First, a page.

pl   -   en

Iván Duque is the new President of Colombia

Iván Duque became the youngest president in South America. Last Sunday, he defeated Gustavo Petro in Colombia’s presidential election. The new leader of the country is a 41 year-old lawyer who had previously been mentored by Álvaro Uribe.

 

Peace needs improvements

The turnout of this year’s presidential election was 53% (over 19,5 million people went to the polls), a record-high in Colombia’s history. Iván Duque won 54% of the votes. During the campaign, he sensed the public sentiment and promised to fight drug traffickers as well as expressed his dissatisfaction with the terms of the agreement with the Colombian Revolutionary Armed Forces (FARC). After the results were announced, he promised that the guilty would be fined or imprisoned.

“The peace we have brought about needs to be rectified so that the real victims are at the heart of the process. We can guarantee truth, justice, reparations, not a repetition”, said the new president. “Today, we are all friends who are building peace. This should be a peace that will, above all, enable the guerillas to be demobilised and disarmed. We need to put it into practice effectively so that public investment can reach the places affected by the violence”, he said.

“One day I will become the President”.

Iván Duque seems to be moving with the times. He wears jeans and shirts without a tie but his views are conservative. He is against the adoption of children by homosexual couples, as well as euthanasia and the legalisation of drugs. He had previously supported minorities but the situation changed when the evangelists and right-wing people joined his campaign.

Duque knows how to dance salsa. As a teenager he used to sign and play in a rock band which he founded with his high school friends. He entered politics only four years ago when he became a member of the Senate as a representative of former President Álvaro Uribe’s Democratic Centre Party. However, he had been observing politics closely before. Iván Duque Escobar, the father of the new president, was a member of the Colombian Liberal Party, Governor of Antioquia department and the Minister of Mines and Development.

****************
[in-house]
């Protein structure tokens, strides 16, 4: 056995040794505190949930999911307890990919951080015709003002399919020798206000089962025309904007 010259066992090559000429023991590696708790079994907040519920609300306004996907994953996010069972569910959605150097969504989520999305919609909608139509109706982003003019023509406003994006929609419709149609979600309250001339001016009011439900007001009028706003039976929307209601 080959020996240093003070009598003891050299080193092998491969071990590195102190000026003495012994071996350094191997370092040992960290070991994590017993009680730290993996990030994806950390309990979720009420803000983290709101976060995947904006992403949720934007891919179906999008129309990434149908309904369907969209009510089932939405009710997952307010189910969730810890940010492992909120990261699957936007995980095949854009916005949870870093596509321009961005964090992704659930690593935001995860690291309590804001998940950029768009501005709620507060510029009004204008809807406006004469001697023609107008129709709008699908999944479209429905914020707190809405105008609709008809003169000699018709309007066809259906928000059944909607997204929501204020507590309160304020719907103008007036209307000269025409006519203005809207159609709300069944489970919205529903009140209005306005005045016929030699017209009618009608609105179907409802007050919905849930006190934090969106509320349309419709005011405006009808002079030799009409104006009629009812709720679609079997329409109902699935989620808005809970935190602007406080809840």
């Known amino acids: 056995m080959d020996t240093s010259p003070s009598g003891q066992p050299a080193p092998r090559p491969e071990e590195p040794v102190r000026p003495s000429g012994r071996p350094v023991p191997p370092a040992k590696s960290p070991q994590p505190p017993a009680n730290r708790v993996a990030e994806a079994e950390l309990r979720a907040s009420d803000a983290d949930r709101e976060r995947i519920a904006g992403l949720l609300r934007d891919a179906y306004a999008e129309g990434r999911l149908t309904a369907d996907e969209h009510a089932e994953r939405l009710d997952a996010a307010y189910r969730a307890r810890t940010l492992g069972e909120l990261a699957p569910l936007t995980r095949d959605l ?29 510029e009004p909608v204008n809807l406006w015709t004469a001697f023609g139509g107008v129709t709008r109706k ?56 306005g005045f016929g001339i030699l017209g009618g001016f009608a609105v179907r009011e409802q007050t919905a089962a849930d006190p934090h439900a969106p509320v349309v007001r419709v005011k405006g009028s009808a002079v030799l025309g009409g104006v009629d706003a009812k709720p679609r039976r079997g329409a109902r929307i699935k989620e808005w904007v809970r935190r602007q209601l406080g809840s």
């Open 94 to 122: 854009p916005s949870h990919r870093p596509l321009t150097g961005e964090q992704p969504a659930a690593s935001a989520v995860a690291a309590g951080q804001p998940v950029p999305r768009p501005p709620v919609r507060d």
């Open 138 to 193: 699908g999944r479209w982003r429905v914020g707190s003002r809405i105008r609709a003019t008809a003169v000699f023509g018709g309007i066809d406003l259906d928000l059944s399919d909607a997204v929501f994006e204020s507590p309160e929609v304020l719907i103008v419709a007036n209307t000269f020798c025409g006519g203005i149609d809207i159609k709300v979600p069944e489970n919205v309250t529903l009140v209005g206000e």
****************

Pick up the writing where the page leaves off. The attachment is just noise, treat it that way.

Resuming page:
The President-elect in the 1990s served as an advisor to the tax office and then for almost 13 years worked for the Inter-American Development Bank in the United States. At that time, he was also awarded a Master’s degree in Economic Law and Public Policy Management.

“Iván would always say: one day I will be the President of Colombia”, recalls Francisco Barbosa, his close friend at the university. “He said it with such conviction that I believed him. He has finally achieved that”, he ended.

The next Venezuela

Duque also got votes from the people who were afraid of Gustav Petro, the candidate of the left. This fear was fuelled by the opposition which argued that Colombia would become “the next Venezuela” if he gets the takes the power.

“We are a politically immature country”, believes Juan Gabriel Gómez, a political scientist. “The left, unlike in Europe, is associated with imposing ideas by force. That is why the proposals of people who identify themselves with the left are quickly labelled as authoritarian or totalitarian. The left is associated with the interventionist economy and restricting the private initiative, which, again, leads to fear”, he said.

Petro wanted to change the country’s economic model and make the Colombian economy independent of oil and coal. He proposed levying taxes on uncultivated land, so that it could eventually be passed on to the poor which, in turn, would increase the agricultural production.

“The most important economic groups in the country are not only conservative, but also orthodox as far as economic policy is concerned. They are also identified with neoliberal policies”, explains Gómez.

The FARC warns

“In the coming months, Colombians will begin to hold Duque accountable for his election promises”, says Martha Lucía Ortega, one of the voters. “He promised to fight corruption and clientelism and to improve the peace agreement with the FARC. People are counting on it”, she concludes.

Talking to the FARC, in particular, is a minefield for the new President as he must strive to avoid a bloodshed. The party, which stems from FARC partisans, issued a statement in which it welcomed the fact that the presidential elections were the most peaceful in years and expressed its readiness “to meet with the President-elect in order to present the views on the implementation of the peace agreement”. However, Rodrigo Londoño “Timochenko”, leader of the party, warned that if Duque forgets what the government has committed to, it “will only lead to a new wave of violence in the country”.

The photograph by jkraft5 shows Bogotá and the Colombian Andes.

Zamknij